Firstly – small but important typo in the first half of the article. You don’t mean the ERS sent you a statement. Anyway, on to the actual point of the article.

No2AV can carry on making this dishonest claim and no one pulls them up on it.

No one … except the Yes Campaign, several newspapers, etc. etc. Which is how it has to be. (If they were to go on with genuinely no-one pulling them up on it, then it would be a major problem, but with the campaigners, not the system)

I don’t think there is a practical way to formally regulate political claims regarding a referendum.
1) Timing: it took several months to adjudicate in the fairly clear-cut case of Phil Woolas. Any adjudication probably wouldn’t arrive until after the referendum voting was over. (And any less rigorous process would be easily subject to appeals, which would make it take as long as there was money for lawyers)

2) Effect on the campaign: By the time the statement has been appealed, it’s too late: lots of people have already seen it and it needs counter-campaigning anyway.

3) Distraction: malicious or vexatious claims against them could easily tie up an under-resourced campaigner

4) Consequences for those responsible: For a candidate, disqualification is a serious punishment, as Woolas found out. For a referendum option … you can’t disqualify them. Short of a disproportionately large fine or jail time, what can you do to them that actually acts as punishment?

I’ve written elsewhere more on why going to the ASA / EC is a strategic mistake for the Yes campaign.

“what can you do to them that actually acts as punishment?”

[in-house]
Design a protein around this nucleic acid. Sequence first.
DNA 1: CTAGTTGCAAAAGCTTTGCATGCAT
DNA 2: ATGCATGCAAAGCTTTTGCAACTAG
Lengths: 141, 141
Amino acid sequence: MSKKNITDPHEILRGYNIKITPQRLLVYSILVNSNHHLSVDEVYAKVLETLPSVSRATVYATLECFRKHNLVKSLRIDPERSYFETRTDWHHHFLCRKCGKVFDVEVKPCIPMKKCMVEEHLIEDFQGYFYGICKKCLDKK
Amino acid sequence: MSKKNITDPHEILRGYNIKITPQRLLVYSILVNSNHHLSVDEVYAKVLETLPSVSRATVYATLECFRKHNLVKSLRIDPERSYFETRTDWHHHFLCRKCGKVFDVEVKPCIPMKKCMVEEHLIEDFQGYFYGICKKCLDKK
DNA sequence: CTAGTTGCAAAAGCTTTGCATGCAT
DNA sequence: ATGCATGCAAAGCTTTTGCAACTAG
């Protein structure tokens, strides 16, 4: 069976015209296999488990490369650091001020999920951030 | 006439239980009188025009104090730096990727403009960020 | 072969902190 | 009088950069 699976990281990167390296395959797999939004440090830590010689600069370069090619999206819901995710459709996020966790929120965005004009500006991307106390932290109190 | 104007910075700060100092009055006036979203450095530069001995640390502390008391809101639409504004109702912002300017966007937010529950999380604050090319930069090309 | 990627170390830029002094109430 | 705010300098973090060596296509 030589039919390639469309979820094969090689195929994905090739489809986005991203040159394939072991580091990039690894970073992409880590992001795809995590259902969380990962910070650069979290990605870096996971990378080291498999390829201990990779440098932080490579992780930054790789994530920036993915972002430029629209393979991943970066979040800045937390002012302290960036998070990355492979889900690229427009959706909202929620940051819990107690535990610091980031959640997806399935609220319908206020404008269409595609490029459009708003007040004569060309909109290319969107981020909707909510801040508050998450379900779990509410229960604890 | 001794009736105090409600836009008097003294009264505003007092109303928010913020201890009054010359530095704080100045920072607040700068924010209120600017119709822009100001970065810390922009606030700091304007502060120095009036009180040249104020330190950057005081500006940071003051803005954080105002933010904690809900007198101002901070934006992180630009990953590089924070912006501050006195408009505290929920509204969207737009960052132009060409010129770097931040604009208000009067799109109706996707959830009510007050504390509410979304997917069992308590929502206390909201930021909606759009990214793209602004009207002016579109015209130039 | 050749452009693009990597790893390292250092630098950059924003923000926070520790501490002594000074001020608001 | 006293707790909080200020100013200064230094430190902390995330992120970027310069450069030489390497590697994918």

If you make a demonstrably dishonest statement you get a warning, continue to do so you lose X% of your vote.

Incidently the poster probably doesn’t qualify, as it’s basically an extreme example of a normative statement rather than a factual innacuracy (the message is changing the voting system will cost money and shouldn’t be the priority for a government). On the other hand saying AV is a proportional system (for example) is simply wrong and would be the kind of thing they should be pulled up on.

“If you make a demonstrably dishonest statement you get a warning, continue to do so you lose X% of your vote.”

Well that’s all political parties up the swanee.

“But that still means there is a clear loophole around the content or wording of political advertising. ”

How actually would you fix this? How could you in fact? And do you even want to?

The way this reads is that you want some independent body to rule on the truth or not of claims in political advertising.

How would this work?

If the BNP put out an ad saying “The darkies are ruining this country” does that get banned?

If Labour puts out an ad saying that “Companies should pay more tax” does that get banned on the grounds that no company, ever, pays tax at all?

#3 Ah, but how would that work under AV? Would the votes lost be redistributed to a percentage of the next preference of each voters’ vote, to make sure that everyone’s vote “counted”?